Banking & Finance: Inadequate Public Policy an impediment for Islamic Finance, says Sultan Nazrin

KUALA LUMPUR, March 5 (Bernama) — Inadequate public policy and legislation in jurisdictions where Islamic finance is offered may be an impediment to unlocking its maximum potential and promise, The Sultan of Perak, Sultan Nazrin Muizzuddin Shah, said today.

He said without such a policy and the concomitant enabling legislation and regulatory framework, the progress of the Islamic finance industry will continue to be tentative and fragmentary-based more on a “rhetoric aspiration” rather than on the substance of policy, law and regulations.

“It is imperative therefore that the governments and legislators in these jurisdictions have the will and commitment to undertake the necessary measures to facilitate the development and operationalisation of Islamic finance,” he said.

He said this at the The Securities Commission Malaysia (SC) and the Oxford Centre for Islamic Studies (OCIS) co-hosted 7th Roundtable on Islamic Finance here.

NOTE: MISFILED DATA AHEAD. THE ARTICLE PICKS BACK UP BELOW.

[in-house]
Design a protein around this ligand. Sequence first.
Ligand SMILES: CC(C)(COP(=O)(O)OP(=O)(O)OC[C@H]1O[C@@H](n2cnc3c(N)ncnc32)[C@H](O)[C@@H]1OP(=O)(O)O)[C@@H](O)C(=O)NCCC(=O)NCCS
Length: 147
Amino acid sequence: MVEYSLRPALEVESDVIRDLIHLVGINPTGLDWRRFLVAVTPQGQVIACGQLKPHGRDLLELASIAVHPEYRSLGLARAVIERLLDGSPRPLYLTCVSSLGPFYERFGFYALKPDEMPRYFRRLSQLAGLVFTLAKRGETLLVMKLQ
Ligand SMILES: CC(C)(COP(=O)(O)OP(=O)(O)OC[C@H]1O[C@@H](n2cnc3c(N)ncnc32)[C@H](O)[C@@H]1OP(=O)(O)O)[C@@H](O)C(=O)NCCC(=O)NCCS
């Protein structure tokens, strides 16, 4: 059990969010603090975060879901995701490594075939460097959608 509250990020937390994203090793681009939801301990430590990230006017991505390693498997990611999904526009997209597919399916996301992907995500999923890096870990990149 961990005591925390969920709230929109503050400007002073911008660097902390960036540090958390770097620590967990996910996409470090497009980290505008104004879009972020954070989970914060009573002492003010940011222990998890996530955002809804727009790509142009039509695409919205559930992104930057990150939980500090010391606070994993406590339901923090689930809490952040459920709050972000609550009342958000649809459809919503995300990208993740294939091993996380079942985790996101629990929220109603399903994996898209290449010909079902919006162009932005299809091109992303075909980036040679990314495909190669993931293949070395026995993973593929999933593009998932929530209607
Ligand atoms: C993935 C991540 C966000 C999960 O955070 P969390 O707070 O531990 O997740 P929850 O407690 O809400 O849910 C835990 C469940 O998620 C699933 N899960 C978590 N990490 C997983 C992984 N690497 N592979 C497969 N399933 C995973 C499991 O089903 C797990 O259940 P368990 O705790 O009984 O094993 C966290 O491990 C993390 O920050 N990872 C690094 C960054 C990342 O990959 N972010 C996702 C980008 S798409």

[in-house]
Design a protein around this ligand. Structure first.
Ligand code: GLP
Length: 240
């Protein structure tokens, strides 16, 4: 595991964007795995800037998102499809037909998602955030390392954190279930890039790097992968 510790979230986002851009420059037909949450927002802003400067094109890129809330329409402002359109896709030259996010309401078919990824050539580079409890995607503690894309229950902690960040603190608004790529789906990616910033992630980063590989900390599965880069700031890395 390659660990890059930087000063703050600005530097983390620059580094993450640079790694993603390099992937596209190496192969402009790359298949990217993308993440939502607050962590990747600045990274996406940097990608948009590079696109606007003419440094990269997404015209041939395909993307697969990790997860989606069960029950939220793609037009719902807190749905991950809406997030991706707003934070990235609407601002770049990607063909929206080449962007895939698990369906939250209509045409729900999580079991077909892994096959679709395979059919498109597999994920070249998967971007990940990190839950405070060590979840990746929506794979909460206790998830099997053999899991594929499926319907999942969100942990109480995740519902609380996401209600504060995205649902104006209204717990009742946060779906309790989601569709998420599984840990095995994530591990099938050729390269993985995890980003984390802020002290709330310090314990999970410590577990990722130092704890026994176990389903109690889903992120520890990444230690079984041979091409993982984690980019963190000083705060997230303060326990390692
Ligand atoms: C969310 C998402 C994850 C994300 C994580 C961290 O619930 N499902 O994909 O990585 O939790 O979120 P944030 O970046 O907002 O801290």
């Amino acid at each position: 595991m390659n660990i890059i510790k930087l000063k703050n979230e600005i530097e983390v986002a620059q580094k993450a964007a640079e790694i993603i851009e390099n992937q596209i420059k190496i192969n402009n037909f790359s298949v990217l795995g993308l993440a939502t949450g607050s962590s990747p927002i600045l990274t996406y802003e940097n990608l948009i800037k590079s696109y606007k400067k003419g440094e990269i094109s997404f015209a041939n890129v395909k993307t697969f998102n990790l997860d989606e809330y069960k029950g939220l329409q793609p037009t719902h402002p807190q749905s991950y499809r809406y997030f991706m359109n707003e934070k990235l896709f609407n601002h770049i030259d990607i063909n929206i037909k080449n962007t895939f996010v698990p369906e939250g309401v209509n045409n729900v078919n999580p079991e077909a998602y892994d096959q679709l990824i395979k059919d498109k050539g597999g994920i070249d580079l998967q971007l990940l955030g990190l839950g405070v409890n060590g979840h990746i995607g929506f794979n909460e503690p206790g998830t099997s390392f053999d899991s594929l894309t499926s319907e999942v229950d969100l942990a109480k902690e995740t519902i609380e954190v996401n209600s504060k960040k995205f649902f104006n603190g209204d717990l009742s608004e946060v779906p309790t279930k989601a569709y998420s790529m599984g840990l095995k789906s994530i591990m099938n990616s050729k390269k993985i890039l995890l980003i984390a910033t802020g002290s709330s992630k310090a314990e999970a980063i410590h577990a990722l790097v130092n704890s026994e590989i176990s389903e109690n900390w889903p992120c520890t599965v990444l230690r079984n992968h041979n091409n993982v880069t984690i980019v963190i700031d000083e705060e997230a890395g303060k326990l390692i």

Sultan Nazrin said effective public policy and legislation are vital, especially in enabling recognition of the contracts applied to financing mechanisms, of profits as alternative to interest charges and of the legal constructs to take into consideration the Shariah needs.

Indeed, even in non-Muslim jurisdictions that have enabled Islamic finance transactions, the government had taken the necessary policy stance and adopted the relevant legislative measures to facilitate the development of Islamic finance in their markets.

“Irrespective of the approach, it is evident that strong policy commitment is a pre-requisite to having an ecosystem conducive for Islamic finance,” he stressed.

In Malaysia, he said, the long-established public policy commitment towards the development of Islamic finance has been instrumental in positioning the country as a vibrant international centre for Islamic finance.

Coordinated execution of the policy is reflected through inter-alia the formulation and implementation of facilitative legislation, regulatory and supeervisory framework, Shariah governance framework and incentive regime for the three main segments of Islamic finance, namely Islamic banking and takaful.

Elsewhere, the UK government has led the way in being the first non-Muslim country to issue sovereign sukuk in 2014, he said.

“While the road ahead is long and arduous, with the strong commitment and involvement of all relevant stakeholders ranging from the government to consumers, I am confident that Islamic finance can become increasingly prominent component of the global financial system that will also promote greater stability, inclusiveness and equity,” he added.

Source: Bernama

Published on: March 5th, 2016

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